Have the goodness to send the Poor Abstract [13]  to Jn Theodore Koster Esq Liverpool – & also occasionally such other Reports as thinking men ought to have. One of the Cow Pock Pamphlets [14]  would also be well bestowed upon our Apothecary here Mr Edmondson – a very skilful man, & of unusual science for one in his situation. the people here begin to suspect that the Cow Pock produces Nettle Rash. this last having become as terrible a scourge to the children as the itch is in Scotland. they are probably wrong – but the damnd eruption is certainly more common than it has ever been before remembered.


* Address: To/ John Rickman Esqr
Endorsement: RS./ June 6:/ 1804
MS: Huntington Library, RS 58. ALS; 4p.
Previously published: Charles Cuthbert Southey (ed.), Life and Correspondence of Robert Southey, 6 vols (London, 1849–1850), II, pp. 288–290 [in part; misdated 1802]. BACK

[1] The Latin translates as ‘remembering acts of labour is pleasant’. BACK

[2] No. 3557 of the sale catalogue of Southey’s library was Florian de Ocampo (1499?–1555?), Coronica General de Espana, con las Antiguedades de las Ciudades de Espanae Opusculas de Ambrosio de Morales (1791–1793). BACK

[3] Ambrosio de Morales (1513–1591): a historian who in 1574 became chronicler of Castile and continued Ocampo’s Crónica General de España to the date of the union of Castile and Leon under Ferdinand I (1017–1065; reigned as Emperor of Spain 1056–1065). BACK

[4] Prudencio de Sandoval (1553–1620), a pupil of Ambrosio de Morales, continued the Crónica General de España down to the year 1079. No. 3781 of the sale catalogue of Southey’s library was Sandoval’s Historia de los Reyes de Castilla y de Leon (1615). BACK

[5] No. 3446 of the sale catalogue of Southey’s library was L. A. Resendius (1498–1573), De Antiquitatibus Lusitaniæ (1790). BACK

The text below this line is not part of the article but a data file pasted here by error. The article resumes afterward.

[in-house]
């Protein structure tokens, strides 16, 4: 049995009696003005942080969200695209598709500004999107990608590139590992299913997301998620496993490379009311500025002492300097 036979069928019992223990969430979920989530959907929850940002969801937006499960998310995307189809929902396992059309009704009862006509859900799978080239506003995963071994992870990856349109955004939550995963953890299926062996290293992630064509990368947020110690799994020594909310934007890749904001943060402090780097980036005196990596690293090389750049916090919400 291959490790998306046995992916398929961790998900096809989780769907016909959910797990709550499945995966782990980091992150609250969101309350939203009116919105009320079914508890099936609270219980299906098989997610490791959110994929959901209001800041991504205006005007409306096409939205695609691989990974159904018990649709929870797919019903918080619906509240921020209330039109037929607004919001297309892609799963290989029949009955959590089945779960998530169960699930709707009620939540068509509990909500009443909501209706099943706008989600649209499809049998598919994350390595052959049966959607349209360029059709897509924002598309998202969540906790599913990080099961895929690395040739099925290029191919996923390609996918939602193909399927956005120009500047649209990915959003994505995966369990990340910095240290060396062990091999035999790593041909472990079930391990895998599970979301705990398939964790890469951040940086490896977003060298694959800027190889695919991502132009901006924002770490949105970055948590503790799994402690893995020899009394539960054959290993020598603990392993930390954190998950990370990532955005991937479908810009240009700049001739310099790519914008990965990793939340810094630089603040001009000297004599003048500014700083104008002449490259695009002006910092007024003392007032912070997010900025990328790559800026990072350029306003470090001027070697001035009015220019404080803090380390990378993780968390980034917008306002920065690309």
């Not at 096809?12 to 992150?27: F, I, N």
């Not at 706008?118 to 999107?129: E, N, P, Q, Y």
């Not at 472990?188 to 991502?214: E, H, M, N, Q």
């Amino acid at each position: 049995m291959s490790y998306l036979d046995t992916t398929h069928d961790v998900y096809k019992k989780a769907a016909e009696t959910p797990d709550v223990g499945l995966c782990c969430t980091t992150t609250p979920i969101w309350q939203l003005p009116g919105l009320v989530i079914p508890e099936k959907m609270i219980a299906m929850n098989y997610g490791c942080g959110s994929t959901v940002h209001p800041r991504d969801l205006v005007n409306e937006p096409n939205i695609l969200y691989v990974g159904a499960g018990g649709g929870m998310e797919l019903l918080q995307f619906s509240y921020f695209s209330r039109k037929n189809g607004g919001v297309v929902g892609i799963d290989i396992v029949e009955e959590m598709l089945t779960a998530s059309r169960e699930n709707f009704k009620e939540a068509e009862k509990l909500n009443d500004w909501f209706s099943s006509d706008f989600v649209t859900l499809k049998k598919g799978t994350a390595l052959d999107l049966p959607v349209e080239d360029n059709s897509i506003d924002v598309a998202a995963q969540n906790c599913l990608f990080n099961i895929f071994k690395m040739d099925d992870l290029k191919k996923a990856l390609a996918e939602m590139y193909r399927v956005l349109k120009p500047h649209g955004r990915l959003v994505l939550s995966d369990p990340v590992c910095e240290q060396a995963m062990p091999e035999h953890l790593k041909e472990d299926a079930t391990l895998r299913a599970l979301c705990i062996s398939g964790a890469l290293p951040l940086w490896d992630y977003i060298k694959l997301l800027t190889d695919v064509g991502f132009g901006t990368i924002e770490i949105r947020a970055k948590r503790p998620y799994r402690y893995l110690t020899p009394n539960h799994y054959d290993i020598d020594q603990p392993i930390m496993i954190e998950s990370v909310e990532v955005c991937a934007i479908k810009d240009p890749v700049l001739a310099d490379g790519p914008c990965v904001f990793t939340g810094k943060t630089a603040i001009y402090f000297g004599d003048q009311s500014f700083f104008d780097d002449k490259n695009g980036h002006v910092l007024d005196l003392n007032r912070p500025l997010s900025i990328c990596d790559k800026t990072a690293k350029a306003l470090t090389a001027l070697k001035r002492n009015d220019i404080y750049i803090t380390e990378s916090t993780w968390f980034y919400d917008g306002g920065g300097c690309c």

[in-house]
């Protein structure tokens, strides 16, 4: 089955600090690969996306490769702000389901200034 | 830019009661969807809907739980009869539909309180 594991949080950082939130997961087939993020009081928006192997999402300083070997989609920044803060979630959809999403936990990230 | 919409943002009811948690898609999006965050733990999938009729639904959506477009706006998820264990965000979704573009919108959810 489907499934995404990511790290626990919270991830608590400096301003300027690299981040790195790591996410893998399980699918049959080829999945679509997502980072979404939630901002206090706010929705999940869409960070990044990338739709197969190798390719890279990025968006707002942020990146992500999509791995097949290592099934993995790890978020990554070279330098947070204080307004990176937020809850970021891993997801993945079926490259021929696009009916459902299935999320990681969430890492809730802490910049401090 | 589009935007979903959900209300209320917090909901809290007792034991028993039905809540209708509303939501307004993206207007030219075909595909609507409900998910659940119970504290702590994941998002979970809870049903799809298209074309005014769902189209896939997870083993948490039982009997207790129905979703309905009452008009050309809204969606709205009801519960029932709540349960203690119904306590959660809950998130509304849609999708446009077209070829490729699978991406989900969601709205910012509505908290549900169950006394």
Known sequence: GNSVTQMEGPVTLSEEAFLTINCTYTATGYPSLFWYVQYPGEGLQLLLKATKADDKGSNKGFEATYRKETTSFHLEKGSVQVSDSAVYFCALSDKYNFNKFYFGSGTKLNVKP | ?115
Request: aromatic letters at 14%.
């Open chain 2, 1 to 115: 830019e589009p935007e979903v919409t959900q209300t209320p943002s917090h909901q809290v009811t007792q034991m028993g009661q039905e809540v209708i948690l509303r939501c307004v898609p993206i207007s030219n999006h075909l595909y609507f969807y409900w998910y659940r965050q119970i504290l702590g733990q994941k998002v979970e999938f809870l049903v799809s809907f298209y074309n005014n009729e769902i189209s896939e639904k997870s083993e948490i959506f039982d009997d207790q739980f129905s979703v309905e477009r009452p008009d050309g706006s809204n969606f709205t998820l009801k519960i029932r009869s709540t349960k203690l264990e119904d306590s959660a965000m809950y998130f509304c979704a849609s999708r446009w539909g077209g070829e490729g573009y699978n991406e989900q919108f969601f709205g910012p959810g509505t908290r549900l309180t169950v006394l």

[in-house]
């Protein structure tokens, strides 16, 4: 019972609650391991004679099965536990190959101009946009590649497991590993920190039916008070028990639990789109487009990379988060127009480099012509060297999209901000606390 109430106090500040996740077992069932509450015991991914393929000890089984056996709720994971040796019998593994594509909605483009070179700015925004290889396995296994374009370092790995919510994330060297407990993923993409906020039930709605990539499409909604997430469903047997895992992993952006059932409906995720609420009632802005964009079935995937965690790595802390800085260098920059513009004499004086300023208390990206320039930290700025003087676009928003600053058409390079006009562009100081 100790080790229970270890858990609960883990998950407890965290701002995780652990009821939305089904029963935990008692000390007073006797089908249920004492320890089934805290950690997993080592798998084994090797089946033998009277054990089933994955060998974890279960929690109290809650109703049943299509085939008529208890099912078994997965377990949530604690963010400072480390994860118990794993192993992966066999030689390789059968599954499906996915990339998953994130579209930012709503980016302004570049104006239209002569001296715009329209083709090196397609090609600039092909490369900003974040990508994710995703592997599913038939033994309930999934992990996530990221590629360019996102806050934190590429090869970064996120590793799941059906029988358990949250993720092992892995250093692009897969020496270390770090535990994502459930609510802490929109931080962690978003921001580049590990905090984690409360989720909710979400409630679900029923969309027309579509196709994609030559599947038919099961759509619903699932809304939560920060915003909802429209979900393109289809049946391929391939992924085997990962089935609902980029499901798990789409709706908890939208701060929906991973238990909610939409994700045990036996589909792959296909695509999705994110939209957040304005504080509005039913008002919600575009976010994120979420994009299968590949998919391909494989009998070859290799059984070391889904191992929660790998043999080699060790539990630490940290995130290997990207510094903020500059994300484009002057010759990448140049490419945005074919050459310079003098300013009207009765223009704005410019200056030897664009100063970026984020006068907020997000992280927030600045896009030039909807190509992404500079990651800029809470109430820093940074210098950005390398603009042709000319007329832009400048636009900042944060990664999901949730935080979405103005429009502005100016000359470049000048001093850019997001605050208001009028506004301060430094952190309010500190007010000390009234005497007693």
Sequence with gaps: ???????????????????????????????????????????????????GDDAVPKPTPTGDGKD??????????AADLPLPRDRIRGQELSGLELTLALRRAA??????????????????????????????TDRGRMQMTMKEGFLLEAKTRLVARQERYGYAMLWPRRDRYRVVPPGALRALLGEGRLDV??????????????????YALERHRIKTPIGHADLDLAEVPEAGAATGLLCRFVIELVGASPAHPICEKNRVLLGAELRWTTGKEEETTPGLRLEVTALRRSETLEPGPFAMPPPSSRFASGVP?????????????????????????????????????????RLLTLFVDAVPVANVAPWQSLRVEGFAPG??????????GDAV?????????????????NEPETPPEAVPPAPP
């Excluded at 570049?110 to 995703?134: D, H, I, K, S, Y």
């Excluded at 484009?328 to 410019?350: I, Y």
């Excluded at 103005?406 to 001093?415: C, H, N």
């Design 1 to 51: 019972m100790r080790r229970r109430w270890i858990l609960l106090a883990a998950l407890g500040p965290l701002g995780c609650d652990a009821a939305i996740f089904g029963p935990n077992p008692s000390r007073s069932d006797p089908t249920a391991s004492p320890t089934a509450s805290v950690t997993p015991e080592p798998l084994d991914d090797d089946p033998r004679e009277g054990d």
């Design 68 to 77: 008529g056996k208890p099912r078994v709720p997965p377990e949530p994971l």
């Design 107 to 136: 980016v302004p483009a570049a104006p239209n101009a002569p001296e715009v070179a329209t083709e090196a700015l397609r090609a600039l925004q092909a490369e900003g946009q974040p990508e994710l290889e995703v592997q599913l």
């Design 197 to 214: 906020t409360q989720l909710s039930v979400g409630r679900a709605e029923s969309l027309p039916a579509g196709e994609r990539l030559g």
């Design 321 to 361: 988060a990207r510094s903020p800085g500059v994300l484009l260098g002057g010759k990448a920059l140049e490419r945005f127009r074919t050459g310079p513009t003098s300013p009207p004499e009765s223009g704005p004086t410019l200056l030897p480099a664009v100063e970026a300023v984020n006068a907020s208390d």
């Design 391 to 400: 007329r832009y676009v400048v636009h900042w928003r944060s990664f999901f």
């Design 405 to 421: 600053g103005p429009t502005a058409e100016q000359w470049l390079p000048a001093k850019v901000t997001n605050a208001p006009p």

[6] Gerhardus Ernestus de Franckenau (1676–1749), Bibliotheca Hispanica Historico-Genealogico-Heraldica (1724). BACK

[7] Southey was reading a translation of the Welsh romances dating from the eleventh to the thirteenth centuries, collected in fourteenth-century Welsh manuscripts and known as the Mabinogi. Some of these were published in the journal edited by William Owen Pughe, The Cambrian Register (1796, 1799), where they are entitled The Mabinogion, or Juvenile Amusements, being Ancient Welsh Romances. Southey seems to have been loaned a manuscript translation which he was circulating among his friends. BACK

[8] The begging scholar and the mouse appear in the story entitled ‘Manawyddan Son of Llyr’. BACK

[9] The Cymbri, an ancient tribe, conjectured by some early nineteenth-century scholars to have descended from the Picts, who supposedly conquered Wales, Cornwall and Britanny after the fall of the Roman empire. BACK

[10] The story Southey read in manuscript does not appear in the Cambrian Register. BACK

[11] During his later years Pughe was chiefly occupied in preparing a full edition of the Mabinogion; but although the Cymmrodorion Society in 1831 voted £50 for the publication of this work at Denbigh, it never appeared (DNB). BACK

[12] The trimourtee of Hindu gods Brahma, Vishnu and Shiva was thought to be a Brahminic equivalent to the Trinity. BACK

[13] The Poor Law Abstract of 1804. Its full title was ‘Abstract of Returns Relative to the Expense and Maintenance of the Poor’ (printed by order of The House of Commons, 1804). BACK

[14] Southey refers to one of the many pamphlets produced on behalf of Edward Jenner (1749–1823; DNB) as part of his campaign to popularise vaccination with cow pox serum to protect against contracting smallpox. He could have in mind Jenner’s 1801 pamphlet The Origin of the Vaccine Inoculation. BACK